It appears Mr Trump has a number of huge decisions on his hands. One of the most important being the looming debt ceiling debate, where last week he managed to agree to a three-month delay with the Democrats (shunning the Republicans). According to sources, the US president said there are ‘a lot of good reasons’ to scrap the debt ceiling altogether. Senate also approved a USD 15.25bn hurricane aid package which will raise the federal borrowing limit and passed the debt ceiling extension into December. Interestingly of the 80-17 votes of approval, none came from Republicans. Tax reform, like the repeal of Obamacare, is also too complicated to get done anytime soon, so the budget could be in limbo for the rest of the year. Or Congress would have to pass a package that did not incorporate tax reform. The problem is that the Republicans, despite having control of Congress for many years, currently have no viable plans either for health care or tax reform.
Data wise it was a relatively quiet but broadly weaker week in the US. Factory orders slumped -3.3% in July (in-line with expectations) after a particularly strong June; resulting from the Paris Air Show orders. Durable goods orders missed expectations, tumbling -6.8% in July. Market service and composite PMIs dipped in August. The Beige book was relatively unexciting: modest economic expansion, tight labour markets - where employment has slowed somewhat on balance- and ‘modest to moderate wage growth.’ This week will see the JOLTS job opening reading on Tuesday, followed by PPI and CPI data on Wednesday and Thursday, respectively; where the market expects core CPI for August to be released at 1.6% yoy. Empire manufacturing and retail sales should be of interest on Friday; as the bulk of the readings are expected to have moderated from July’s levels.
Meanwhile, the final reading for Q2’17 EU GDP came in at 0.6%qoq (unchanged and in-line with market expectations) and upwardly surprised at 2.3% yoy. As was widely expected, the ECB maintained policy on Thursday, however, hinted at increasing ‘our asset purchase programme in terms of size and/or duration’ if the economic outlook turns less favourable. The euro witnessed a volatile session following Draghi’s comments on the relative strength of the currency (resulting from improving economic fundamentals), and the subsequent knock-on effects on eurozone inflation and growth. It appears that the strong euro (up 1.48% so far this month and +14.44% this year) is currently preventing the ECB from making any concrete announcements on future policy decisions. Markets witnessed a broader rally across European benchmark bond yields through last week; periphery bonds outperformed. By close on Friday reports suggested that ECB officials discussed the possibility of reducing asset purchases to ‘EUR 40bn or 20bn’ a month (from EUR 60bn a month). We expect more colour on QE at the central bank meeting on October, 26. Before that, this week will see the eurozone's employment numbers released on Wednesday, followed by industrial production numbers, which the markets expect will have picked up in Q217. Also, CPI releases across Europe will be of interest.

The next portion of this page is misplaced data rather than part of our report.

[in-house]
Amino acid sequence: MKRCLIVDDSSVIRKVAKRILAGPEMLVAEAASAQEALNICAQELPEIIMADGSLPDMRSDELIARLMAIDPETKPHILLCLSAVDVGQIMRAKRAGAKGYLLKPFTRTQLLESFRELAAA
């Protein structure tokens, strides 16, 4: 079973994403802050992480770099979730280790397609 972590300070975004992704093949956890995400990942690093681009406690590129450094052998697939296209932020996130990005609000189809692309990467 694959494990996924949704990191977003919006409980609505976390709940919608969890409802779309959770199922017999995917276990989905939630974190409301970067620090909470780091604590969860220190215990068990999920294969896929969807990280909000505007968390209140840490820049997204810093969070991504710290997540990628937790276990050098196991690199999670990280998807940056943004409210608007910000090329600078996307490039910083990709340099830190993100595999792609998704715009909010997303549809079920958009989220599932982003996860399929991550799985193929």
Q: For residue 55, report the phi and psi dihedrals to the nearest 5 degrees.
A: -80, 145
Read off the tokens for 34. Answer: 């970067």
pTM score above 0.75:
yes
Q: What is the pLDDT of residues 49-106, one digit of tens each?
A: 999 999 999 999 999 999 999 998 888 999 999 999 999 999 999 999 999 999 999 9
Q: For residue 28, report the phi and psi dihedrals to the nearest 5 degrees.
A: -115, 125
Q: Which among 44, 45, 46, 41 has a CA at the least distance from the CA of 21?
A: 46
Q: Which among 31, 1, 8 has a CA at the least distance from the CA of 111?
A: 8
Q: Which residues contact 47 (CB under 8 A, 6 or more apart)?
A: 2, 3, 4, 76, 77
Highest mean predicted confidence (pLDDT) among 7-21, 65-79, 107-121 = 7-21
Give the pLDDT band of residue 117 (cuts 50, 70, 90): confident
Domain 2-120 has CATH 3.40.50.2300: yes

Later today the House of Commons will vote on the EU withdrawal Bill; the bill was presented on Thursday. It appears a contentious bit of legislation and there are concerns that labour will attempt to block it. Brexit Secretary David Davis warned that ‘A vote against the bill is a vote for a chaotic exit from the European Union’. We expect sterling to come under pressure ahead of the vote. Later in the week, we will hear from the BoE, this could be an interesting meeting on Thursday, especially as upward inflation concerns remain. Looking back to the previous meeting, the committee agreed that if economic growth remains in-line with the central bank’s forecasts, ‘monetary policy could need to be tightened by a somewhat greater extent over the forecast period than the path implied’.